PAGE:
Someone just posted to Facebook a news story about a school shooting in Kentucky. Two people dead, multiple people injured. It turned out that the poster had misread the date on the article and thought that this had just happened today, when it happened in late January instead.
And it still broke me.
For a second there, I thought there’d been another school shooting. “Another” school shooting, when there should never have been a first one to begin with. “Another” school shooting at a time when these things are becoming almost commonplace. “Another” school shooting when these horrors have become a routine part of the daily news.
And then there was the relief that this tragedy was nearly a month old and wasn’t something new. And it’s a guilty and horrifying relief, because how can there be any relief in the face of a school shooting? “Oh, what a relief! Those people died a full month ago.” No.
Yes, it’s good news that there hasn’t been (or hasn’t yet been reported) a new school shooting today. But there should never be a school shooting. Ever.
When the news broke in December 2012 about an elementary school shooting in Connecticut, I freaked out. My nephews were in elementary and preschool in Connecticut, and there was no additional information forthcoming—not immediately, anyway—about where in Connecticut or the name of the school. And those were terrible hours. Not wanting my nephews to be victims of or witnesses to such a violent tragedy, but also not wanting to wish that same tragedy on anyone else.
It was a guilty relief when the news came that it was not my nephews’ school, and not the town in which they lived. My family was safe, but so many other families weren’t.
I watch in amazement as the survivors of last week’s school shooting in Florida rise up and organize and demand not only answers but constructive action to prevent these same acts of violence going forward. I watch in stunned admiration as they refuse to accept misdirection as answers to their calls and as they stand up to authority without being cowed. I watch as these children act on their earned, bold authority to effect real change while the so-called adults in power retreat to their crutches of talking points.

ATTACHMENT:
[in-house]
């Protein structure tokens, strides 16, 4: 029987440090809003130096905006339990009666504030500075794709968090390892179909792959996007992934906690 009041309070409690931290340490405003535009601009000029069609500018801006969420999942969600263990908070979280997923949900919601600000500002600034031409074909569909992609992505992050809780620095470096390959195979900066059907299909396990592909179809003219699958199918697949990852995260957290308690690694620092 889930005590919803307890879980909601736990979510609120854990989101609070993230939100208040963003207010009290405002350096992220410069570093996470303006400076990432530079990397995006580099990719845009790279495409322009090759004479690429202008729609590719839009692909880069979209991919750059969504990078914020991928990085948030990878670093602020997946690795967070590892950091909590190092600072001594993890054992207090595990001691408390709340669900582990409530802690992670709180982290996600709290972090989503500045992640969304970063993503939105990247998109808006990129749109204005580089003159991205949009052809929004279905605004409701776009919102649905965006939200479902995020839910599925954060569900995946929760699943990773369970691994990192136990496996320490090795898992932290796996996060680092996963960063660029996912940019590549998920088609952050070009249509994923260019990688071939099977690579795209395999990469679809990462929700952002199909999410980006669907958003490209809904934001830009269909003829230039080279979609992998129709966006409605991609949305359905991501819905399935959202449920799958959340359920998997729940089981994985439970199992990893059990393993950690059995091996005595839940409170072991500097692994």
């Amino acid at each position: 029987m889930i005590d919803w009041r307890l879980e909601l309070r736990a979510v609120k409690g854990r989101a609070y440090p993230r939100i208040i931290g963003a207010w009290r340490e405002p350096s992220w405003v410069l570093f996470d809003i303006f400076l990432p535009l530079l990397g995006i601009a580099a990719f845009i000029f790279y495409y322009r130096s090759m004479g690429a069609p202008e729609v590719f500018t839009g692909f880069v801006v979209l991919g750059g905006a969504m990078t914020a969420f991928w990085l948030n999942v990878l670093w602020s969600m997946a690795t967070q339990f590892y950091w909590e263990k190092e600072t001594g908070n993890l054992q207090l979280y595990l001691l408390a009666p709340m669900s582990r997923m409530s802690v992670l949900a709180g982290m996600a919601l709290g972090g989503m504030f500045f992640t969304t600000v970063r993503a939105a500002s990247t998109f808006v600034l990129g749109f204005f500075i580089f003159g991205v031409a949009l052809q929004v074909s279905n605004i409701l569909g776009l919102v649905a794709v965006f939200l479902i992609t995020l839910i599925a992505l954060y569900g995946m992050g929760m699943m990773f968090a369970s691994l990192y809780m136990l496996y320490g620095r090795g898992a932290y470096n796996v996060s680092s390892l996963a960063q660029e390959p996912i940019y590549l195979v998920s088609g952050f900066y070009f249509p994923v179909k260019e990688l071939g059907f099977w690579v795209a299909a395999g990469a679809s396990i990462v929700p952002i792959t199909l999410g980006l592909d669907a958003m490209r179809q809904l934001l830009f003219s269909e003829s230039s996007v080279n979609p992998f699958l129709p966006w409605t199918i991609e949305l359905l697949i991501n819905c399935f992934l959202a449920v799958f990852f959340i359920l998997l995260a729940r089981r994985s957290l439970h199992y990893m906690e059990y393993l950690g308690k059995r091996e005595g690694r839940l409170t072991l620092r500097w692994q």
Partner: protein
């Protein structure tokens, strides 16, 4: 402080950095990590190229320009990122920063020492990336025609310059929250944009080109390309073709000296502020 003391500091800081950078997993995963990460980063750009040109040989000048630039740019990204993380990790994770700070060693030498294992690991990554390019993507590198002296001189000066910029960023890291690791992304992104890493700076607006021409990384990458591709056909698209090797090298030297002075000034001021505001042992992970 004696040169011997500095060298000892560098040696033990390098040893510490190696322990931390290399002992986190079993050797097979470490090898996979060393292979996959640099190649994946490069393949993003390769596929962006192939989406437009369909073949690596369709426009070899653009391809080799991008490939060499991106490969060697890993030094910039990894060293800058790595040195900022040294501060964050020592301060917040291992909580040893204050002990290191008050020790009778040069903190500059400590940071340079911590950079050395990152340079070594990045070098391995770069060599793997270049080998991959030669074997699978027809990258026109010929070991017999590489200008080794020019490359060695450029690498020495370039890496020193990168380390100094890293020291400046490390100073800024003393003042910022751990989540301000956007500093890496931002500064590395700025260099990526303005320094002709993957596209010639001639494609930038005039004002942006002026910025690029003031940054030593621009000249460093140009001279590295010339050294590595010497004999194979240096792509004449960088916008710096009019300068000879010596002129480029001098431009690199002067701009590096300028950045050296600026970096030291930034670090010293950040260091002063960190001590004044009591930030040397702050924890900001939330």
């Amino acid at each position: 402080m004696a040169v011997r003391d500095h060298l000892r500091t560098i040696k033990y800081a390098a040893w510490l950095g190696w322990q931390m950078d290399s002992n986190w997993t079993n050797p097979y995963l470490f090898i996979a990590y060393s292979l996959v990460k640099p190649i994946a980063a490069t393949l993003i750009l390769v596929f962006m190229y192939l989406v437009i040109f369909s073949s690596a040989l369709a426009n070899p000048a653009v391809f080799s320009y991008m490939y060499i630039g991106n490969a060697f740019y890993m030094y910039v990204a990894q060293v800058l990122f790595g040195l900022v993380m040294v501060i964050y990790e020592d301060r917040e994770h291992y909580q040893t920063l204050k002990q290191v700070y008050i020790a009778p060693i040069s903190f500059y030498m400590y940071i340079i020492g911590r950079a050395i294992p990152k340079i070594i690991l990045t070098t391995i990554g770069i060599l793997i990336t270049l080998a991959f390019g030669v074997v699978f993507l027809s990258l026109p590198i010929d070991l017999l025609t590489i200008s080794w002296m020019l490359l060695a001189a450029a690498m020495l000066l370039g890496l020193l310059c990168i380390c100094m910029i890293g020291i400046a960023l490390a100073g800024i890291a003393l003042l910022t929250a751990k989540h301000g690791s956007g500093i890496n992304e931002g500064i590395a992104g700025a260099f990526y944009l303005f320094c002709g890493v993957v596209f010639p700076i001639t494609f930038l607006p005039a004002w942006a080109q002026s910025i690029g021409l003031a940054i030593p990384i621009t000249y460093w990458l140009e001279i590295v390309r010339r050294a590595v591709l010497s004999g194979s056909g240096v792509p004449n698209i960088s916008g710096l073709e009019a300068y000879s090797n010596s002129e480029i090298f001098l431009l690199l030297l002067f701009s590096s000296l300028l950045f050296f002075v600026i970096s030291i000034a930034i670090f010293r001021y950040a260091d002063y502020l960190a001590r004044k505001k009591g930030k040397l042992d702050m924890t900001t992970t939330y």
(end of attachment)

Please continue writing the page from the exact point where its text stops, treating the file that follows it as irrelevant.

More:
I have said before that watching these young people in Florida and across the nation speak out and rally and organize and refuse to back down has left me feeling more encouraged about the future of this country than I’ve felt in more than a year. They are responding to a crisis and to continuing danger with poise and with compassion and with useful anger, and they are fueling a movement with their grief and outrage while keeping their wits and principles solid and clear. The country’s children are leading the way when the government and other authorities have failed them. I feel so much hope and so much promise when I see what they are doing.
But my heart aches for them. They should never have been put in a position where they witnessed seventeen of their classmates, friends, and teachers die. They should not have had to fear for their lives inside their school. A classroom is no place for gun violence. Neither is a church or a music venue or a shopping mall.
None of this should ever have happened, except that it will in all likelihood happen again.